Automatically Reload All the Things with Guard

Share this article

Imagine yourself in this situation:

It’s a brisk afternoon at the office and you’ve been slaving away at a front end project for the last twelve hours. You’ve repeatedly had to go through the whole save-compile-reload phase with your browser. And when I say compile, I mean compile those SCSS and CoffeeScript files that you so desperately wanted with a series of painstaking shell commands. “I’m a Rubyist!”, you shout, “there has to be a better way!”. Well, there is. Allow me to introduce you to Guard, your new favorite Ruby gem for the front end.

What is Guard?

Guard is simply a file system watcher. In other words, it detects when you save a file, then runs a command. It’s a little more complex than that, but we’ll cover that next.

How Can Guard Help Me?

Remember that scenario that you were just in? Well, this time let’s insert Guard into it:

It’s a brisk afternoon at the office, but you don’t mind because you just finished your latest front-end project. At your standing desk (yes, you’re that cool), you have a few windows open. On your large monitor, your favorite code editor is open with a terminal minimized for easy access. On your laptop’s screen, there is a browser window open. You haven’t had to touch this window for hours, because Guard and LiveReload are automatically updating the browser based on your changes. This includes compiling your SCSS and CoffeeScript! You take a sip of your coffee and shout, “I’m a Rubyist!”, while looking around at your coworkers, who are still going through the save-compile-reload phase. Life is good, all thanks to Guard.

Do you want this? Of course you do! Let’s get started…

Installing Guard & Friends

Installing Guard is as easy as gem install guard. Then you’re ready to get setup.

Next, you have to decide which plugins you want. In this tutorial, we’re going to discuss the following plugins: (you will need to install them: gem install PLUGIN)

Each plugin is a little different, but also a lot the same. Once you learn how to set up these 5 plugins, you’ll be able to setup the other 267+ available guard plugins.

For most projects, it’s advisable to have a Gemfile for dependencies. Here’s what your Gemfile should look like if you’re using all of the plugins:

source ''

group :development do
  gem 'guard'
  gem 'guard-coffeescript'
  gem 'guard-sass'
  gem 'guard-less', git: 'git://'
  gem 'therubyracer'
  gem 'guard-livereload'

Note: At this point in time, it is necessary to build the guard-less gem from git because the maintainers have not pushed the latest version to RubyGems. This may change, but right now, this is how it is. (see issue #16) You can try it without the git option, but I cannot guarantee an error-free installation. Also, the gem therubyracer is required by guard-less, but not used as a dependency, so we have to add it ourselves.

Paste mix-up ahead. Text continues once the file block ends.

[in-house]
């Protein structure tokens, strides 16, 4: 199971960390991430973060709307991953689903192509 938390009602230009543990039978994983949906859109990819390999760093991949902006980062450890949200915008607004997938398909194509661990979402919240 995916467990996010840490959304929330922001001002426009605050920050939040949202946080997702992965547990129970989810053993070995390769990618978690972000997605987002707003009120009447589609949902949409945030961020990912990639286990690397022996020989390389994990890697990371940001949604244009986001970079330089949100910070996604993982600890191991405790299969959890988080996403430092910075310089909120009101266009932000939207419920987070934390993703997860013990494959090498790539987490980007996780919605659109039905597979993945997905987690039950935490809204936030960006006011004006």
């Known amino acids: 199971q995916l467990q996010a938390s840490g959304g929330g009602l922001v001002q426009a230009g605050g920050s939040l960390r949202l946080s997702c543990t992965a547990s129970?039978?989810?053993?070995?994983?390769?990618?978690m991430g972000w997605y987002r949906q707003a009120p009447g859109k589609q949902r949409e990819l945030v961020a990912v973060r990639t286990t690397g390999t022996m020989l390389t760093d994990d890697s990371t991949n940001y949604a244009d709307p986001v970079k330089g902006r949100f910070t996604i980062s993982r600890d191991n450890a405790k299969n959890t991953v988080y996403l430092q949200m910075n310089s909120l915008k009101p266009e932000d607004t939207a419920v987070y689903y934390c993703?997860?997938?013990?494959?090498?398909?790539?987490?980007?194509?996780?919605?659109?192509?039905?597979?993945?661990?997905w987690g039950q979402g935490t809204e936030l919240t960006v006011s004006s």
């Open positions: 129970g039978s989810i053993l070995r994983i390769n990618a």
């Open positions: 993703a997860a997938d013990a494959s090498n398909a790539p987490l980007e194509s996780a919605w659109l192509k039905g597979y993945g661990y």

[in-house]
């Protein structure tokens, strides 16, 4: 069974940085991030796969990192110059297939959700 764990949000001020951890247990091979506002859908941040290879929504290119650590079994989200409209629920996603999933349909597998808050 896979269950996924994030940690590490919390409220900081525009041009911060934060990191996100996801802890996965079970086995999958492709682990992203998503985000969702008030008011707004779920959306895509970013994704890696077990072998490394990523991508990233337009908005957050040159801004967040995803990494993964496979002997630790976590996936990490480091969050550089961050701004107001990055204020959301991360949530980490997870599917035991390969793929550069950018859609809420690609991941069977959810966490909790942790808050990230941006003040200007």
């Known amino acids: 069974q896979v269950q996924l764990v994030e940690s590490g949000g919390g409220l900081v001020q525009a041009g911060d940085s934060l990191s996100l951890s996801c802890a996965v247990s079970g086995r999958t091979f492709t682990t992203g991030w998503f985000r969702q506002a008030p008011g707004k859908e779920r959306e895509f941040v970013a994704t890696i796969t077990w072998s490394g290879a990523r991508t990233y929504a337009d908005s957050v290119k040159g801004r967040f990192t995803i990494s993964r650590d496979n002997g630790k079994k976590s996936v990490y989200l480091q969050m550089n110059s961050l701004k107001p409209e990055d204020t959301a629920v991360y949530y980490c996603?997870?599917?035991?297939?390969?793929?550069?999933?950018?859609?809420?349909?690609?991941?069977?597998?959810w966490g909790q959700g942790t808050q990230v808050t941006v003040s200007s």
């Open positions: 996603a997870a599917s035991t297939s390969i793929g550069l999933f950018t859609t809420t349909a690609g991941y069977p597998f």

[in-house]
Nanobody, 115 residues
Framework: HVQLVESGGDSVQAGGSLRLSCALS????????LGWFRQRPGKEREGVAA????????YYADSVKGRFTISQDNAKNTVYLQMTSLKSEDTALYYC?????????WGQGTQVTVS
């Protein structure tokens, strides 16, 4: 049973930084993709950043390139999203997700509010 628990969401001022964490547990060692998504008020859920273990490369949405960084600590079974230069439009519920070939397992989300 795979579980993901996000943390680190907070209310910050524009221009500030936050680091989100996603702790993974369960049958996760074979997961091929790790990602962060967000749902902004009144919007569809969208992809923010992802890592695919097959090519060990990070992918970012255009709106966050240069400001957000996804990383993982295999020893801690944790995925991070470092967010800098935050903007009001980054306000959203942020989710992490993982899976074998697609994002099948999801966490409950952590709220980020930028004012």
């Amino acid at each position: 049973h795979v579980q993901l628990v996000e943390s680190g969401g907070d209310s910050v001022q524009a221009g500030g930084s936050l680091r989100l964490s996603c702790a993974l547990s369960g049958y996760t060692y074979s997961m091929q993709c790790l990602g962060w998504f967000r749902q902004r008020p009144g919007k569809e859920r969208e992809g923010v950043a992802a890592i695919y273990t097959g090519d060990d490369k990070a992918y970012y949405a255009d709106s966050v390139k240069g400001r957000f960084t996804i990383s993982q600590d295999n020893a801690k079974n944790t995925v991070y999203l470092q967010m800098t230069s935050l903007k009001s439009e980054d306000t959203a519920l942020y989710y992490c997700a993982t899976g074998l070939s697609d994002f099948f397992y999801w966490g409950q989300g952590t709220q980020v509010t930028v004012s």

You’re a Rubyist. Admit it, and the Ruby-esque syntax of CoffeeScript lured you from the beginning. With guard-coffeescript you no longer have to decide between ugly JavaScript or an ugly compile process with CoffeeScript. Let’s initialize Guard with CoffeeScript:

$ bundle exec guard init coffeescript

This generates a configuration file (Guardfile) for your “guards” (plugins). Let’s take a look inside:

# A sample Guardfile
# More info at

guard 'coffeescript', :input => 'app/assets/javascripts'

That’s very nice, but we keep our CoffeeScript in a different directory than the compiled JavaScript, so let’s change the file:

guard 'coffeescript', :input => 'coffee', :output => 'js'

Notice that we added :output to the options. This way, CoffeeScript lives in the coffee directory and is compiled to the js directory.

Start up guard and see it watch our files:

$ bundle exec guard

Add a little CoffeeScript to our project and save:

# file: coffee/

console.log 'It worked!'

Notice in the terminal that when you save the file, it generates the JavaScript in the js directory:

[1] guard(main)> 
20:54:21 - INFO - Compile coffee/
20:54:21 - INFO - 08:54:21 PM Successfully generated js/test.js

When you save any *.coffee file in the coffee directory, Guard will compile it to the js directory using the same name. It’s as simple as that.


Come on, we all love Sass/SCSS. The process is very similar to that of CoffeeScript. In fact, we’ll even build on to the same Guardfile. The guard-sass plugin does have an init template to start out with, but this time we’ll make it ourselves. Luckily it’s pretty simple:

guard 'sass', :input => 'scss', :output => 'css'

It’s exactly the same configuration as guard-coffeescript, and it does pretty much the same thing. All Sass/SCSS files inside of the input directory (scss in this case), will be compiled into the output directory (css). Nice and easy; just the way it should be.


Less’ config is a little different than guard-coffeescript and guard-sass. It uses regular expressions and the watch method inside of a block. This may seem a little confusing, but you’ll understand in a minute.

guard :less, output: 'css' do
  watch %r{^less/.*\.less$}

This example shows a guard :less block with a watch method. watch takes a regular expression that matches all files in the project. In this example, the regular expression matches all files that are in the directory less and have a .less extension. If you’re unfamiliar with regular expressions, you can play around with this one here. Note that %r{} and // are evaluated as regular expressions in Ruby. However, with the %r syntax, forward-slashes (‘/’) do not need to be escaped. We could just as easily write the same thing like so:

guard :less, output: 'css' do
  watch /^less\/.*\.less$/

Let’s run Guard and test this out:

$ bundle exec guard

Now, create a less file in the less directory.

// file: less/foo.less
@black: #000;

body {
        background: @black;